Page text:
I am sure you have checked your house’s price on realestate.com.au and Domain and were happy with the price, but how well do their predictions work for strange houses?
In some cases, they cannot provide an estimate.
A strange house is one which has unusual features, such as a high (or low) land size, or a lot of bedrooms, or even a combination of features.
My project explored ways to detect these houses and predict their prices through various models.
These strange houses were detected using an algorithm called Isolation Forest. The data is divided based off a random value selected for some feature (bedrooms for example). This is repeated many times and results in normal houses requiring more partitions to be found, whereas strange houses can be found in fewer partitions.
Various models were used in this project, which were:
- A regression model
- A historical model which uses the previous sales of a house
- A hybrid model which incorporated the regression and historical model
- A weighted hybrid model which is a variation of the hybrid model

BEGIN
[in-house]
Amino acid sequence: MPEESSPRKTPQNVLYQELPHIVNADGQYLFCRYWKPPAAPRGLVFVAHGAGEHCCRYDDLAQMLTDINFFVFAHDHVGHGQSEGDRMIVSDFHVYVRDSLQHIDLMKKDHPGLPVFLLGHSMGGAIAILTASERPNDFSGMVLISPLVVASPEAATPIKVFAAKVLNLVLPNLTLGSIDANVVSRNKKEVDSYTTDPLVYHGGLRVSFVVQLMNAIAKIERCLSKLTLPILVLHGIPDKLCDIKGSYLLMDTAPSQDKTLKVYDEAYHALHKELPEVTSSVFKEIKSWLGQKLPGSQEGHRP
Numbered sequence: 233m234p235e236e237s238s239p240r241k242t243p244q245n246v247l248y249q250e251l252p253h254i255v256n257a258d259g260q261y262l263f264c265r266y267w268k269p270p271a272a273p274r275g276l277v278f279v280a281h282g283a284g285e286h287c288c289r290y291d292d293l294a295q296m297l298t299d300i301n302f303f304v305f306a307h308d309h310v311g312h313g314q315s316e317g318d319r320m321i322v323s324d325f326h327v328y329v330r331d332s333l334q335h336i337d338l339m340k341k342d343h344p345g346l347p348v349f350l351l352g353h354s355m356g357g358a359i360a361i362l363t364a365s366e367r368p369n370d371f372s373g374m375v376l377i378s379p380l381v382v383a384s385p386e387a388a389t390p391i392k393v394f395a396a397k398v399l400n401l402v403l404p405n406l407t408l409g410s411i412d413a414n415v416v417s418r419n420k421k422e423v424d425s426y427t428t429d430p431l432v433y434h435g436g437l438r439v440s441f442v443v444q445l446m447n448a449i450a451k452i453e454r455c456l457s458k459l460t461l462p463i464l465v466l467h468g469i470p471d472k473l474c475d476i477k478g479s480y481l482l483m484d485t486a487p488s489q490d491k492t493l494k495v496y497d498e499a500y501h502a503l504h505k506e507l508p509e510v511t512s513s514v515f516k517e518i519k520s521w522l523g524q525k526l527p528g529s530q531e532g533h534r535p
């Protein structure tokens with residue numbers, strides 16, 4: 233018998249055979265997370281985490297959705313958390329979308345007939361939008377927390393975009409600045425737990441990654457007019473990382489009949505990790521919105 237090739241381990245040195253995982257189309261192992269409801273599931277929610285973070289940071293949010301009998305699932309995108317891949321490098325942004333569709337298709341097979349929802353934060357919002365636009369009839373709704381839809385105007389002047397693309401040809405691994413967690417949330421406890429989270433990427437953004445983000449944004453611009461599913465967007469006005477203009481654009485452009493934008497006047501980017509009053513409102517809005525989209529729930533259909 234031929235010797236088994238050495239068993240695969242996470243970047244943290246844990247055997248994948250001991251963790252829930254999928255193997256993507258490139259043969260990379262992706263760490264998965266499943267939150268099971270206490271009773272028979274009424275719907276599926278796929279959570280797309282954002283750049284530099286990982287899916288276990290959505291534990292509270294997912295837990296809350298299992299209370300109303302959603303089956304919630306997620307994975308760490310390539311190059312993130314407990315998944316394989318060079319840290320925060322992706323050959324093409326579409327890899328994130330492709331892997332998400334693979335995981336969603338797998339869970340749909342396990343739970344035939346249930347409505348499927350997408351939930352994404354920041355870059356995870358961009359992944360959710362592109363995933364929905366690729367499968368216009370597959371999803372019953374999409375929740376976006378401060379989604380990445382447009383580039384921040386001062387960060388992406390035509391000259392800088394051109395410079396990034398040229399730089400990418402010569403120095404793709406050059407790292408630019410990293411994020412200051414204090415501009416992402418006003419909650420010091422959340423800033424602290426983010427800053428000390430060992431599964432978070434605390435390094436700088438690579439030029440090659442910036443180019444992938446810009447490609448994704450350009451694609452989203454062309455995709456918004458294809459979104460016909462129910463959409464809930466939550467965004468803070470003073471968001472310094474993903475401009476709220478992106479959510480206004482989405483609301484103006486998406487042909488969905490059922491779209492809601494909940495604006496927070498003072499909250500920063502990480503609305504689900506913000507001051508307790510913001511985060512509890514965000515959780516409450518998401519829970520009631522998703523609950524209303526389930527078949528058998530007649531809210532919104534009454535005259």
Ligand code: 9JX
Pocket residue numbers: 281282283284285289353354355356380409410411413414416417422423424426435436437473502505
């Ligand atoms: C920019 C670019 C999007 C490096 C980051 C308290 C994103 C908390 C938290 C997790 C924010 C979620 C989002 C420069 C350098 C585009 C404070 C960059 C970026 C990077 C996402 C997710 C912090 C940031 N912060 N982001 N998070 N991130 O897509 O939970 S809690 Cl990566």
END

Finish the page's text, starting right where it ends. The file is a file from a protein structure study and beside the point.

A model is a broad term but can be thought of as describing the behaviour of some object (such as the price of a house) through some equation (multiple equations typically).
For example, you may have an equation to predict someone’s weight using their height. This would be considered a model.
The most interesting model was the weighted hybrid model. The idea behind it was to emphasise the importance of recent sales of a house rather than older sales. For example, if a house was sold in 2020, that price would be closer to price of the house today than say a sale in 2012. This was done by having more recent sales contribute more to the prediction of the price than older sales.
For normal houses, this model worked quite well, although when applied to strange houses, it does not perform as well, especially for one house with 46,538m2 of land.
There is still room for improvement with these models, although some nice foundations have been made.
La Trobe University